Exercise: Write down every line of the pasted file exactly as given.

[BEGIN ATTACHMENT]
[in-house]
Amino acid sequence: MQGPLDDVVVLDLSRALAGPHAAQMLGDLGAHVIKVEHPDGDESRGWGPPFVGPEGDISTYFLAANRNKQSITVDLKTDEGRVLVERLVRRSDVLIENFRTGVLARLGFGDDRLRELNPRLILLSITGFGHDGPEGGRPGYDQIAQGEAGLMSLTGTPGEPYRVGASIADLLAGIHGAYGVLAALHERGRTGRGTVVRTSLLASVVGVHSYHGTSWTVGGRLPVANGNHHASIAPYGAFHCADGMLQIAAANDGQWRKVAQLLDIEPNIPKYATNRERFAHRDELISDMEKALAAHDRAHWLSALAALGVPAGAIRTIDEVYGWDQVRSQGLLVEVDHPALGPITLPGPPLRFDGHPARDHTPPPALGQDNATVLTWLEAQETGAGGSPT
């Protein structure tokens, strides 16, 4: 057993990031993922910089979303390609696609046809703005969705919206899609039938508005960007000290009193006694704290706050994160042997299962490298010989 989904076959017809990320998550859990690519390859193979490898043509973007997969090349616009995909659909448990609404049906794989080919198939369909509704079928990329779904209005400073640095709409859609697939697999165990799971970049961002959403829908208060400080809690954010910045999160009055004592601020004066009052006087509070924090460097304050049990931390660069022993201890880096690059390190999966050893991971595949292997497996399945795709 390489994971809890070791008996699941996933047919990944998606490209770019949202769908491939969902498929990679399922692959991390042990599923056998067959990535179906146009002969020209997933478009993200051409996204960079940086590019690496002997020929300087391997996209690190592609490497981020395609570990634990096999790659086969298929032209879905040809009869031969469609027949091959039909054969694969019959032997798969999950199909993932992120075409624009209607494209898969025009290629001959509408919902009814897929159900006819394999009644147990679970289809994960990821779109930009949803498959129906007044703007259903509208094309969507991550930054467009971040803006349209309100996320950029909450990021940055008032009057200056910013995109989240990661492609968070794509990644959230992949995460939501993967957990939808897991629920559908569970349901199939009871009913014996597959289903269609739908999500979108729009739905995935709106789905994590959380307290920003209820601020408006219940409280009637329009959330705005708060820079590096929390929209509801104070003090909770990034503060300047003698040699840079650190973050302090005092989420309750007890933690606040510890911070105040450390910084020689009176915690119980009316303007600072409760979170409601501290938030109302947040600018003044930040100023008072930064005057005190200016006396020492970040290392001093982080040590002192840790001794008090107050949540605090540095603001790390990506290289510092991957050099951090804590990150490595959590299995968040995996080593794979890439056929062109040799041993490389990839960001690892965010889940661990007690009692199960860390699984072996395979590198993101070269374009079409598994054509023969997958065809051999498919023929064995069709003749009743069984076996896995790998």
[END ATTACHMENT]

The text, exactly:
[in-house]
Amino acid sequence: MQGPLDDVVVLDLSRALAGPHAAQMLGDLGAHVIKVEHPDGDESRGWGPPFVGPEGDISTYFLAANRNKQSITVDLKTDEGRVLVERLVRRSDVLIENFRTGVLARLGFGDDRLRELNPRLILLSITGFGHDGPEGGRPGYDQIAQGEAGLMSLTGTPGEPYRVGASIADLLAGIHGAYGVLAALHERGRTGRGTVVRTSLLASVVGVHSYHGTSWTVGGRLPVANGNHHASIAPYGAFHCADGMLQIAAANDGQWRKVAQLLDIEPNIPKYATNRERFAHRDELISDMEKALAAHDRAHWLSALAALGVPAGAIRTIDEVYGWDQVRSQGLLVEVDHPALGPITLPGPPLRFDGHPARDHTPPPALGQDNATVLTWLEAQETGAGGSPT
């Protein structure tokens, strides 16, 4: 057993990031993922910089979303390609696609046809703005969705919206899609039938508005960007000290009193006694704290706050994160042997299962490298010989 989904076959017809990320998550859990690519390859193979490898043509973007997969090349616009995909659909448990609404049906794989080919198939369909509704079928990329779904209005400073640095709409859609697939697999165990799971970049961002959403829908208060400080809690954010910045999160009055004592601020004066009052006087509070924090460097304050049990931390660069022993201890880096690059390190999966050893991971595949292997497996399945795709 390489994971809890070791008996699941996933047919990944998606490209770019949202769908491939969902498929990679399922692959991390042990599923056998067959990535179906146009002969020209997933478009993200051409996204960079940086590019690496002997020929300087391997996209690190592609490497981020395609570990634990096999790659086969298929032209879905040809009869031969469609027949091959039909054969694969019959032997798969999950199909993932992120075409624009209607494209898969025009290629001959509408919902009814897929159900006819394999009644147990679970289809994960990821779109930009949803498959129906007044703007259903509208094309969507991550930054467009971040803006349209309100996320950029909450990021940055008032009057200056910013995109989240990661492609968070794509990644959230992949995460939501993967957990939808897991629920559908569970349901199939009871009913014996597959289903269609739908999500979108729009739905995935709106789905994590959380307290920003209820601020408006219940409280009637329009959330705005708060820079590096929390929209509801104070003090909770990034503060300047003698040699840079650190973050302090005092989420309750007890933690606040510890911070105040450390910084020689009176915690119980009316303007600072409760979170409601501290938030109302947040600018003044930040100023008072930064005057005190200016006396020492970040290392001093982080040590002192840790001794008090107050949540605090540095603001790390990506290289510092991957050099951090804590990150490595959590299995968040995996080593794979890439056929062109040799041993490389990839960001690892965010889940661990007690009692199960860390699984072996395979590198993101070269374009079409598994054509023969997958065809051999498919023929064995069709003749009743069984076996896995790998």